<affirmative> and it’s under dogs athletics.

Matt Dlugos (19:49):

Correct.

Sevan Matossian (19:52):

And would you, would you say that in like in this book, um, that, uh, Bob Rotella wrote that you have that, um, what I think is this special sauce as just persistence?

Matt Dlugos (20:08):

Yeah. Um,

Sevan Matossian (20:14):

Do it say it Matt?

Matt Dlugos (20:15):

Well, well, so this, I don’t know. I don’t know if do you’s video, there’s a cross the video. There’s a cross the video that talks about patience. I don’t know like what your relationship is. If you love like CrossFit, hate it or pissed off whatever. But

Sevan Matossian (20:32):

There’s think of me as an angry little man.

Matt Dlugos (20:35):

Okay. That’s fair. And that’s what I,

Sevan Matossian (20:39):

I love CrossFit. It saved my life and it saved my family’s life and it changed it it’s um, by saved. I mean it’s, it’s, it’s the great, it’s it’s one besides being born. It’s one of the greatest things that ever happened to me. It allows me to live longer and do good things on this planet. Yeah. Cause my mom and my kids and my wife, I mean, shit, doesn’t get better than that.

Matt Dlugos (21:02):

Which is like

Sevan Matossian (21:05):

Anna, it made me, we, Anna, it made me wealthy. Don’t forget about that. That’s important too. That helps.

Matt Dlugos (21:09):

Yes. But I think if you ask anybody, that’s definitely, or at least like at this much with this much involvement in crossed, it’s like, yeah, it definitely saved, it saved my life. Like I was not gonna be down going down this path. Um, anyways, what were we talking about?

Sevan Matossian (21:26):

You were gonna say something. You were gonna say something I wanna see if I, if you can remember, and if I can get it outta you, we were talking about, oh, go ahead.

Matt Dlugos (21:33):

Yes. Sorry. I know, uh, it was, there’s a patience video, um, that just talks about like, you know, the, the patience that it takes to become successful. Um, and I think if you look at any great athlete, like Matt Frazier, for sure, but you know, you go into other sports and you look at tiger woods or you look at, you know, a Kobe Bryant that puts in 10,000 hours into their craft. Um, that’s where I feel like I’m at is like working towards that 10,000 mark. Um, and I know that, you know, if I stick with it long enough, good things will come. Um, and I think if you look at the guys who are really good, like they have stuck with it. Like, you know, I saw a statistic that there’s nine or that there’s three athletes with nine games trips this year, which is crazy.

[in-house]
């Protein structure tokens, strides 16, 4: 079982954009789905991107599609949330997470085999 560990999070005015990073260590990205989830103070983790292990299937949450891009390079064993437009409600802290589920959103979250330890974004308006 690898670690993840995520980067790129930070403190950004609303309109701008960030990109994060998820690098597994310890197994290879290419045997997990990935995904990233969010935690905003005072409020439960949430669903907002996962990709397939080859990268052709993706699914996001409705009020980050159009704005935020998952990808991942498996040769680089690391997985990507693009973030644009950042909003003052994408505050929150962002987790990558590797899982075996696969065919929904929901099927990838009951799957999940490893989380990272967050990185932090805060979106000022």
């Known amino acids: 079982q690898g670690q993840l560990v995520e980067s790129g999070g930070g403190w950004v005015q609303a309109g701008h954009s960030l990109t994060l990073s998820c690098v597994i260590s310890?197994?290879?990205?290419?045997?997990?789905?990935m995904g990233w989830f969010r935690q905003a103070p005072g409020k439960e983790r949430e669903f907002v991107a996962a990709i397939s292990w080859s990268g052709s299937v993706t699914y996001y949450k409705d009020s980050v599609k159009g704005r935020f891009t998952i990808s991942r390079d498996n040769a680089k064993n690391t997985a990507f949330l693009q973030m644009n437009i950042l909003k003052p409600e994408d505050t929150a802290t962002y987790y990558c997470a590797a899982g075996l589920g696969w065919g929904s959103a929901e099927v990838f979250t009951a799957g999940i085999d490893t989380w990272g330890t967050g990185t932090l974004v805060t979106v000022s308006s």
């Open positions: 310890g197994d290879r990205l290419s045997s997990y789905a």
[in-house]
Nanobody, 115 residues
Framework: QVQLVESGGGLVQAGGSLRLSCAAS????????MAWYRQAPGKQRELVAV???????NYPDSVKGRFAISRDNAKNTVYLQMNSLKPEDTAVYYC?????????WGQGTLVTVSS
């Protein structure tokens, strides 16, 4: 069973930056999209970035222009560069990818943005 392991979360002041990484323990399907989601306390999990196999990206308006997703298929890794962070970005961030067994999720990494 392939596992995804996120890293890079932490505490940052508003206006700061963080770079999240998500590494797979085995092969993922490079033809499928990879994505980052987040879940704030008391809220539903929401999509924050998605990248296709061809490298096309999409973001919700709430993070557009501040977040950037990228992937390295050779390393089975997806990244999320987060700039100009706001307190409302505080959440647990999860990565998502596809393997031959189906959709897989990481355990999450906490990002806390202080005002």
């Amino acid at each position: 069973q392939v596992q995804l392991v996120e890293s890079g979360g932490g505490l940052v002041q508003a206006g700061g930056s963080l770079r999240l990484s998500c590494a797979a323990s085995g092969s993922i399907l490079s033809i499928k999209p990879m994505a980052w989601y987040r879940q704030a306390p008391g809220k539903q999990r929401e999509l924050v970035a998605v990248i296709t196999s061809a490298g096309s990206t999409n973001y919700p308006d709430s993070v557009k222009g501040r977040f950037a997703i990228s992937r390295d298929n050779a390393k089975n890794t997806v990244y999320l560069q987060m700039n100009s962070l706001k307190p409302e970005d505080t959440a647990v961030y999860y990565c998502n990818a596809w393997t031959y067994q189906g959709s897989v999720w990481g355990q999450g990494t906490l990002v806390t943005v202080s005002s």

Matt Dlugos (22:19):

Um, and that seems like something that continues to happen. Right. It’s like these guys, like Travis Mayer, right? Like he was a great dude. I loved, you know, being able to compete with him at granite games. Um, and just talking to him about like the process of what it’s been like, cause he started in 2013 or maybe before then, but maybe to the games in like 20 13, 20 14. And it’s like crazy to think about eight years later, he’s still doing it. Like he’s still going back, he’s got four kids and he’s still, you know, kicking ass CrossFit, like making us look silly. Um, so I think it is one of those things where if you are really bought in and you just continue to put in that work day after day, like it’ll, it will come

Sevan Matossian (23:02):

That when he talks about persistence in the book, I’m tripping a little bit because he talks about burnout with other athletes. But what I think I did, I, I think I hurt myself,

Sevan Matossian (23:16):

I think. And he, and he talks about like the importance of like, even though, even though it’s not enough, just if you wanna be the best golfer in the world, it’s not enough to golf three hours a day. He still says like, you know, he has no problem. If every six weeks you wanna take a week off. But I, I think with myself, like I hurt myself. I was getting up in the morning doing a workout then in the afternoon doing a workout. And then at night before I go to bed, do a workout and just stupid shit. You know what I mean? Like dead lifting every single day. Yeah. And with, with, with, with CrossFit, I feel like there’s a, a level you have to be persistent, but you have to, um, part of that persistence has to be healing.

Matt Dlugos (23:50):

Yeah. Very much. I’ve noticed that my entire routine has changed to pretty much revolve around recovery. Um, like the little things that we talk about and the things that we wanna be consistent with. Like I trust Justin with all of my strength and like every, every programming piece, you know, you do get me strong enough.

Sevan Matossian (24:09):

Wow.

Matt Dlugos (24:10):

Yeah.

Sevan Matossian (24:12):

We’ll come back to that. I’m gonna make a note. I wanna ask you about that. I always wondered what Justin does. Okay. So he’s, he’s a giant brain.

Matt Dlugos (24:18):

He’s a big brain. Okay. Big brain. Um, but so

Sevan Matossian (24:23):

Recovery,

Matt Dlugos (24:24):

Recovery. Yeah. So like a lot of my routines now are focused on, you know, uh, are focused on getting the most out of my body and getting the most to be able to go back in the gym the next day and perform. So it’s like being consistent with, with those things too. Makes a huge difference. Yeah. A world of difference. I mean, it’s crazy.

Sevan Matossian (24:47):

There, there’s a friend of mine who I, I think took second place at one of the CrossFit games. And um, he told me that he would’ve won the CrossFit games. If he didn’t ha smoke so much weed, he said he smoking weed like 10 times a day. And, and in that book, it talks about like, if you’re having any struggles or hiccups, it’s because you have some bad habits mm-hmm <affirmative> that you need to change and get rid of like, do, are you constantly like watching those too? Like make sure no bad habits sneak in.